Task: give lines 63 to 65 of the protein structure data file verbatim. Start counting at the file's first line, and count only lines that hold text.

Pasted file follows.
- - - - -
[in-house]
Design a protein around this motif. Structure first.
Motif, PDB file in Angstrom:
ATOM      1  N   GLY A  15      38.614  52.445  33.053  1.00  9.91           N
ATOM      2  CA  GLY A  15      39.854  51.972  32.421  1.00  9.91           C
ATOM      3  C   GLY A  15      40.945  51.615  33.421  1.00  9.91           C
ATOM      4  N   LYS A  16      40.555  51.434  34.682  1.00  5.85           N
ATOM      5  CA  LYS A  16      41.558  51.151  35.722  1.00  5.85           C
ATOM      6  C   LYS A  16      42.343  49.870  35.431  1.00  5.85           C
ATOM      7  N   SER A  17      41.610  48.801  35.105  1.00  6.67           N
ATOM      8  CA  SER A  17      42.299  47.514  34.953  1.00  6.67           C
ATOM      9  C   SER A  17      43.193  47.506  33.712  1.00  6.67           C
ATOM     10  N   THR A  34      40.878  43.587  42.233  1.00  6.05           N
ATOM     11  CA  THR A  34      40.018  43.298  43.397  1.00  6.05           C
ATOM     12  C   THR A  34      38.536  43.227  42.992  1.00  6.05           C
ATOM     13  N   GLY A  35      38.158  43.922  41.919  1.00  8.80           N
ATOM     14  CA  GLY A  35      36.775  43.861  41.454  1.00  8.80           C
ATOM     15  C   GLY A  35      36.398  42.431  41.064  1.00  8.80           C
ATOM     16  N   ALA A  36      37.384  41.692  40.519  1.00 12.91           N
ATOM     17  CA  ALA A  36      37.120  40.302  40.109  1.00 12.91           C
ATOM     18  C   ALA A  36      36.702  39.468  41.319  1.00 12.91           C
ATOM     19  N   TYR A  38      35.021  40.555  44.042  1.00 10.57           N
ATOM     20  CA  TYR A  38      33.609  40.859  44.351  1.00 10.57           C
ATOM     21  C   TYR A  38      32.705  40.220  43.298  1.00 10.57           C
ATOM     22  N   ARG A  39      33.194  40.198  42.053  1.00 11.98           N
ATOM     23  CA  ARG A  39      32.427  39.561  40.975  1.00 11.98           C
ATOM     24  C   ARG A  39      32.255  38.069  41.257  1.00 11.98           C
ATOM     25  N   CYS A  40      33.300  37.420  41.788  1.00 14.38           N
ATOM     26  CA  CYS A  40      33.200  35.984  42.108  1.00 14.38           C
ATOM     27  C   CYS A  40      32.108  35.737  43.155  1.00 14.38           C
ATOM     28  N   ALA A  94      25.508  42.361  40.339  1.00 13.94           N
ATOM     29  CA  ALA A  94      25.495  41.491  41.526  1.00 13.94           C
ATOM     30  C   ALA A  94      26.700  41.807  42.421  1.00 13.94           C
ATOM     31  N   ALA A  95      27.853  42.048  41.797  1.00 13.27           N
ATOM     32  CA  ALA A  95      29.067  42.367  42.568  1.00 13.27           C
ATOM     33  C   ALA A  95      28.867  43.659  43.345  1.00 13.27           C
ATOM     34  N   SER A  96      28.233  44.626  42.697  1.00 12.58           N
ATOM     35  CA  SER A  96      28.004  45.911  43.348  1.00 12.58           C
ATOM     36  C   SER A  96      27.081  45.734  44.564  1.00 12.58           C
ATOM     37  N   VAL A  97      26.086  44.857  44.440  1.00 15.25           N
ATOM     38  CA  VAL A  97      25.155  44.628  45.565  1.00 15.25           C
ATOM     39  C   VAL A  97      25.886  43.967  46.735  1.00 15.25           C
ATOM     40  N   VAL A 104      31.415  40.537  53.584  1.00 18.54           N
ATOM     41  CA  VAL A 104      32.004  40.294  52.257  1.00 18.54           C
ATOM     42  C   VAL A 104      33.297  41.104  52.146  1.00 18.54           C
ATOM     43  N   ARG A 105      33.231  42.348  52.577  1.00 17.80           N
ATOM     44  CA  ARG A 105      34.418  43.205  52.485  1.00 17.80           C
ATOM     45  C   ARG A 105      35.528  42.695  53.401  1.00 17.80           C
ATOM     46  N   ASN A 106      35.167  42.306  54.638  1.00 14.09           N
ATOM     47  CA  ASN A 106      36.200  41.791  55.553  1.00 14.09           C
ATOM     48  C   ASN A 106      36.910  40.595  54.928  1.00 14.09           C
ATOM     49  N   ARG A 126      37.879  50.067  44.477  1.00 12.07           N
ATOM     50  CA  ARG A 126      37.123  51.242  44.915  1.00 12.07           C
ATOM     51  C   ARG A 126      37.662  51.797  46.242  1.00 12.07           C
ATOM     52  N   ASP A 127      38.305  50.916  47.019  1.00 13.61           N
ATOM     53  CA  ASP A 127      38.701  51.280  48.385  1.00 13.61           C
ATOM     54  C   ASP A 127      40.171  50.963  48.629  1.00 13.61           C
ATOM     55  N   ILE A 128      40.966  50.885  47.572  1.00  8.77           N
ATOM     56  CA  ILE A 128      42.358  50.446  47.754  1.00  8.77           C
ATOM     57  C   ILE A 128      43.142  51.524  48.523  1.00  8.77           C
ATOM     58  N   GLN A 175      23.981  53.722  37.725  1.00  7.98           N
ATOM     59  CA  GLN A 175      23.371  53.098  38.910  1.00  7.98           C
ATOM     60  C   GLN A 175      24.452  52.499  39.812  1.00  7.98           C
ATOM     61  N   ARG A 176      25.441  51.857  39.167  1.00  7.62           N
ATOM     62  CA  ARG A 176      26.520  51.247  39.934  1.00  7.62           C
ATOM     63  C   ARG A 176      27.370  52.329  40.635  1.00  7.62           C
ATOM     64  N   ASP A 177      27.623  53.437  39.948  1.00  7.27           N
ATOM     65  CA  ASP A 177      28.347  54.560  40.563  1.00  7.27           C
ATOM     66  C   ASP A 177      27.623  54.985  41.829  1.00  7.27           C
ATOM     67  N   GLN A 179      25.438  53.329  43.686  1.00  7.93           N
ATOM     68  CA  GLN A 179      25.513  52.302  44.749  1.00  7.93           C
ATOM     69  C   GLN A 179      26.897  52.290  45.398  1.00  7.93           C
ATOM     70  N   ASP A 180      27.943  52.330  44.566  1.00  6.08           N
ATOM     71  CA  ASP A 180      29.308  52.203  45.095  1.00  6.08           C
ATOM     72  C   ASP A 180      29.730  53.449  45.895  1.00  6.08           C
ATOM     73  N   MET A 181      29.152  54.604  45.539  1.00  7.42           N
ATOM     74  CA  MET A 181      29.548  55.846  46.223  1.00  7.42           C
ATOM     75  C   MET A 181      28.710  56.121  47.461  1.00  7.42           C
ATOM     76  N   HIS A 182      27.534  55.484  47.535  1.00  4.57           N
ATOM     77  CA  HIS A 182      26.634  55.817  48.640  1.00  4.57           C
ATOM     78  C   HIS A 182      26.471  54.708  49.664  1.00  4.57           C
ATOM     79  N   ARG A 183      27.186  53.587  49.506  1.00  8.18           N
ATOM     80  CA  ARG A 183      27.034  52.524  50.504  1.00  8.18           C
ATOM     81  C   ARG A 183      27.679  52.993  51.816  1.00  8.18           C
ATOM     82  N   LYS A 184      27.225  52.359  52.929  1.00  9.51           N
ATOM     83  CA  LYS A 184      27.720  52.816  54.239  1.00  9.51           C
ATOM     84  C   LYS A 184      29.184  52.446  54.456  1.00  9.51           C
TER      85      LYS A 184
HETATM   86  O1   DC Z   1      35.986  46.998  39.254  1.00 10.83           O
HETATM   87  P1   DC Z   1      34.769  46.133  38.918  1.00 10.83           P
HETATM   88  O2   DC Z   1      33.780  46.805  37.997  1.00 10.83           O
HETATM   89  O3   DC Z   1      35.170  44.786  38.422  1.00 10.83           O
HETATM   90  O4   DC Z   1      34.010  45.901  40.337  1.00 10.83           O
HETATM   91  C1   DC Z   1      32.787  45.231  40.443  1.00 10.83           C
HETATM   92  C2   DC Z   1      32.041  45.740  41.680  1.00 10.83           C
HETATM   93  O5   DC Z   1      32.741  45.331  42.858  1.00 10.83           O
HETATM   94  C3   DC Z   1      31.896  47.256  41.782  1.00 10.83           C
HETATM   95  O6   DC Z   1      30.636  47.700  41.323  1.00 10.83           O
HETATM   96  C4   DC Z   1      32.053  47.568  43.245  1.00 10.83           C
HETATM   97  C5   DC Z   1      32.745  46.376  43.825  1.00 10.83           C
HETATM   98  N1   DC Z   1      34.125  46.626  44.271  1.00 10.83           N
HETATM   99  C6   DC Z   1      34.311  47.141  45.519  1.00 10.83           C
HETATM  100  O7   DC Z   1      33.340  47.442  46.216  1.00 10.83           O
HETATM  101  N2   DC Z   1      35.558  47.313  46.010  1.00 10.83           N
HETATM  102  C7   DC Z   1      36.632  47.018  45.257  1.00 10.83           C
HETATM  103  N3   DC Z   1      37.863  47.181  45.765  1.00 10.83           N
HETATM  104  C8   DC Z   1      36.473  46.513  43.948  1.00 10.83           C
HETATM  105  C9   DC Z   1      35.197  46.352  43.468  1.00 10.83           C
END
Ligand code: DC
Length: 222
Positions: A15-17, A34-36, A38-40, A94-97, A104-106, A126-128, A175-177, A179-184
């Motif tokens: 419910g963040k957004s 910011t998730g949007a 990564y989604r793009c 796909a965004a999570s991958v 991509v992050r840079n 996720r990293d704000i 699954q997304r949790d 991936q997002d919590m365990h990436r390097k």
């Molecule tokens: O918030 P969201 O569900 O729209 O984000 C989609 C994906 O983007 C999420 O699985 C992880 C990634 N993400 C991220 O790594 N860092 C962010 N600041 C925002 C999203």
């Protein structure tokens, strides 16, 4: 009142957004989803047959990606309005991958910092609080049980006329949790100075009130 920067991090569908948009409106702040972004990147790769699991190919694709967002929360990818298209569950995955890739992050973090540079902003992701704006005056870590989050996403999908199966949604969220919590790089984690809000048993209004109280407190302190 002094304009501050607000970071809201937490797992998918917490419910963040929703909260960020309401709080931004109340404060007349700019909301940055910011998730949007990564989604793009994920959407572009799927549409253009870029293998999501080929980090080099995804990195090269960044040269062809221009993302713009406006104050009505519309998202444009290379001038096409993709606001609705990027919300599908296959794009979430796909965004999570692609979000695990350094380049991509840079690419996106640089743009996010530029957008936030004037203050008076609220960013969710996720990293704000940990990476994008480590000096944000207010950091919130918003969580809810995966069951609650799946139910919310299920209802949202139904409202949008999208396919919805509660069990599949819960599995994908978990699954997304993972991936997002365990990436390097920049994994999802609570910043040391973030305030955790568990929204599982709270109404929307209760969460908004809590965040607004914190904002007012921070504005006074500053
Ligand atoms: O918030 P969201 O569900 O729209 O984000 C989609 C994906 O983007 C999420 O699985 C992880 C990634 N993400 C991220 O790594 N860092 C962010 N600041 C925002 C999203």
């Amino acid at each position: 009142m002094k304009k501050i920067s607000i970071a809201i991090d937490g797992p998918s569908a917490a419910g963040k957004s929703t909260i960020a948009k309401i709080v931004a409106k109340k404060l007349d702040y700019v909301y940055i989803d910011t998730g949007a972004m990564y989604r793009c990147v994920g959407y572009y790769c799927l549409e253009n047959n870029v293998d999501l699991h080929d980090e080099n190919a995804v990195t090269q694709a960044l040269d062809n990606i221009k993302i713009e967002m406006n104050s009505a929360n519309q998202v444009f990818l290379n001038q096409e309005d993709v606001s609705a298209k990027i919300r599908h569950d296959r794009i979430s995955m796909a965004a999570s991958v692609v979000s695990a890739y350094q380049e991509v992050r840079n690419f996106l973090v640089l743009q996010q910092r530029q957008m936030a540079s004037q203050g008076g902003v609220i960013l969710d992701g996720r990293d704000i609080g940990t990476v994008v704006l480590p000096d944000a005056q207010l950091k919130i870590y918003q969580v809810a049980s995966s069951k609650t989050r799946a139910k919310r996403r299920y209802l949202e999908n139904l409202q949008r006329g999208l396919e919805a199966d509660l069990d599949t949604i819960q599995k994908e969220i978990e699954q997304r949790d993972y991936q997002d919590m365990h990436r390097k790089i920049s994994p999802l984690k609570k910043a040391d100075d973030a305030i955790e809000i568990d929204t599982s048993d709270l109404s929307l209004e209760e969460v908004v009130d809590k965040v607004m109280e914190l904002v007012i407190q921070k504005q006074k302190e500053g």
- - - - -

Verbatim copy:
ATOM     60  C   GLN A 175      24.452  52.499  39.812  1.00  7.98           C
ATOM     61  N   ARG A 176      25.441  51.857  39.167  1.00  7.62           N
ATOM     62  CA  ARG A 176      26.520  51.247  39.934  1.00  7.62           C